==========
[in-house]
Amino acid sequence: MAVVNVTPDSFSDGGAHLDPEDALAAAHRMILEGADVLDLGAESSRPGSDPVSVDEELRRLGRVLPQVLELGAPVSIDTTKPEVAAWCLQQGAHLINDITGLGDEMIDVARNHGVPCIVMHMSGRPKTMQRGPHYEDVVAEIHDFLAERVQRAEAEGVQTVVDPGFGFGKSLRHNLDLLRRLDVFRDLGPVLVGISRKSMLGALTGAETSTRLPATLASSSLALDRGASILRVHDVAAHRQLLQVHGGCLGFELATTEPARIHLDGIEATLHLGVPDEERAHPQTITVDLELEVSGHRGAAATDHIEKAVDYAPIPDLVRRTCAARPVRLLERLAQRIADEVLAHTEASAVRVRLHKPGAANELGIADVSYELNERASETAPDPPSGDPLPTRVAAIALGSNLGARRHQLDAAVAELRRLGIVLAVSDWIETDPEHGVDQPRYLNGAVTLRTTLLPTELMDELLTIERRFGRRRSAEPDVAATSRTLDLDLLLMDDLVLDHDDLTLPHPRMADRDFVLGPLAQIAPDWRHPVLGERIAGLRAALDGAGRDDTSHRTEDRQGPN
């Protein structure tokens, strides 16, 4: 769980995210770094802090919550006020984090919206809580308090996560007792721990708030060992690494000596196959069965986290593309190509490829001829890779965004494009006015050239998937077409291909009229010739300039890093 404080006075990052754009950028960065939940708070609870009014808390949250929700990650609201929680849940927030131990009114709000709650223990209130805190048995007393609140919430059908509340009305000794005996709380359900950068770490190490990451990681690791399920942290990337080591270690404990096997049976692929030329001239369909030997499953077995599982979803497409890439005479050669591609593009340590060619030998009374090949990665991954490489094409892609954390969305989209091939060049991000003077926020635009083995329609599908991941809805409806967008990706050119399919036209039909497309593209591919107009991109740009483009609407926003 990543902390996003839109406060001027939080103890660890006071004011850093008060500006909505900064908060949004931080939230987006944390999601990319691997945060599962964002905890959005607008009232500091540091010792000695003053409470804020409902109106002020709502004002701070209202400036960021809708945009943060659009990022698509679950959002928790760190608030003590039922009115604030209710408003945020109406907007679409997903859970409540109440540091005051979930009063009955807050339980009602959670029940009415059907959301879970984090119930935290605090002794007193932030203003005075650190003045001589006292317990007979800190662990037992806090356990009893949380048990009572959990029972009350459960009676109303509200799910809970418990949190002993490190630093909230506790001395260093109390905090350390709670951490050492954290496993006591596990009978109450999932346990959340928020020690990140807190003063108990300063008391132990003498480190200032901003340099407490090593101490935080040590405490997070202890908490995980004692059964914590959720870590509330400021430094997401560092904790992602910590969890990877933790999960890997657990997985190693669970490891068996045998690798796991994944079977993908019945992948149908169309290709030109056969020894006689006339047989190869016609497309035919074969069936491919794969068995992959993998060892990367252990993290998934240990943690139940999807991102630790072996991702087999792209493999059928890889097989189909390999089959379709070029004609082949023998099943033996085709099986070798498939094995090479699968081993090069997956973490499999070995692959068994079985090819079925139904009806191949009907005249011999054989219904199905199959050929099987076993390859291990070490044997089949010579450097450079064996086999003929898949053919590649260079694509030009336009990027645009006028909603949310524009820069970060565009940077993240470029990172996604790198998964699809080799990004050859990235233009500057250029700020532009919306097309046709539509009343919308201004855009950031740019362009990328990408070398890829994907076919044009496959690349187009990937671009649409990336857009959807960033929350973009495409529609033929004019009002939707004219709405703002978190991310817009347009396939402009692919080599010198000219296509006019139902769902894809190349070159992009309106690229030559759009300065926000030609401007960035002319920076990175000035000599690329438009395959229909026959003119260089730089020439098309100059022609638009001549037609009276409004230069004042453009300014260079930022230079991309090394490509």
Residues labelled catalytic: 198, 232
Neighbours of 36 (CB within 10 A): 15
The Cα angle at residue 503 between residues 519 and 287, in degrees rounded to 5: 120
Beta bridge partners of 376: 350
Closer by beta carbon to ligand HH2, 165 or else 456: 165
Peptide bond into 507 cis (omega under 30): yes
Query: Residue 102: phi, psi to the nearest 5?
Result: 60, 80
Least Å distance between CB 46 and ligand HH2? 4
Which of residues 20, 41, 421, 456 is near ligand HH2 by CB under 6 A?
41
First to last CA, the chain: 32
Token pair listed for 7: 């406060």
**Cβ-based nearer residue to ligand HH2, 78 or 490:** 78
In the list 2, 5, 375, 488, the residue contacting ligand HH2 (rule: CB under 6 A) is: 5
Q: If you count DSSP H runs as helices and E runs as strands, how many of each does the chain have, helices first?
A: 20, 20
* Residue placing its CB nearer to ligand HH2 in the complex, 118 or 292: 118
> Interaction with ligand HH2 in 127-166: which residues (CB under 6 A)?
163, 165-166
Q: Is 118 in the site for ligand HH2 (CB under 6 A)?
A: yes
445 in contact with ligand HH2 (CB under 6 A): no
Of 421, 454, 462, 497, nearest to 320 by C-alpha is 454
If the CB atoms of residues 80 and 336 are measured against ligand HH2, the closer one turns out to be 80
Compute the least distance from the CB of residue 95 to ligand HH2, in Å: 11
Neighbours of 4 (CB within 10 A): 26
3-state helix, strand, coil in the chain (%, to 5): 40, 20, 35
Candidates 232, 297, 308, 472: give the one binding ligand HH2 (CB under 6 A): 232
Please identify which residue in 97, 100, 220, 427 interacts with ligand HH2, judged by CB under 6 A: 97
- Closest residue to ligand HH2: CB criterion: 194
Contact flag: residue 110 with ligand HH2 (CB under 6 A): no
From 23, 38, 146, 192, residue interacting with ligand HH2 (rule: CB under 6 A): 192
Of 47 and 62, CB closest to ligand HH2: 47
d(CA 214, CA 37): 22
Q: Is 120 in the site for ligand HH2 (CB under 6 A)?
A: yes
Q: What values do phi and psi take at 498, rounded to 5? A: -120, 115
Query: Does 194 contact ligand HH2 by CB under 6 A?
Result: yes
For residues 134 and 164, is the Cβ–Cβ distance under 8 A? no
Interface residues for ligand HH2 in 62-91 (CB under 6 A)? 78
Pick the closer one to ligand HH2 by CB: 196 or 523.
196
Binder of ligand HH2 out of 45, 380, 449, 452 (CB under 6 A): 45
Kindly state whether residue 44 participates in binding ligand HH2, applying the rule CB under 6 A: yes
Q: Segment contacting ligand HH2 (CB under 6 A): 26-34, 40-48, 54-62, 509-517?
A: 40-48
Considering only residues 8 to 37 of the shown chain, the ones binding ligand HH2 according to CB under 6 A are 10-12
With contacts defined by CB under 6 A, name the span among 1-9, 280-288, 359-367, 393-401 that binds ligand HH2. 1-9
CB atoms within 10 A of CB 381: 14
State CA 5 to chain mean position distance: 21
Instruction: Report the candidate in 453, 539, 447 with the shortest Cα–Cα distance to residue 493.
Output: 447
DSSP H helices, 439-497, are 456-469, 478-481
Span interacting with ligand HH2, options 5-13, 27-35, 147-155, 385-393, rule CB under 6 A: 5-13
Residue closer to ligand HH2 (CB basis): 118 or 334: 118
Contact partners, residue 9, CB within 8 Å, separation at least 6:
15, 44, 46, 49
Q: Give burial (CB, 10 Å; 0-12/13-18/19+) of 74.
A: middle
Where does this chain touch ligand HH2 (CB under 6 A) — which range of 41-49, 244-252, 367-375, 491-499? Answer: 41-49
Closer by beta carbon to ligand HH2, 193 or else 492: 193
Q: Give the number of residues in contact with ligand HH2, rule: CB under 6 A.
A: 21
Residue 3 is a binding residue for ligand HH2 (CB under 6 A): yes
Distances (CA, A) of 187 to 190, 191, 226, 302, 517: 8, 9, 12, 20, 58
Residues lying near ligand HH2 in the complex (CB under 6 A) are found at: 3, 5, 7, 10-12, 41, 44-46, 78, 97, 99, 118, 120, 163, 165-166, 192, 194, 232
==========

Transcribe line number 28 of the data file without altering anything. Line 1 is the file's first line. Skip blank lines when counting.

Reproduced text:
If the CB atoms of residues 80 and 336 are measured against ligand HH2, the closer one turns out to be 80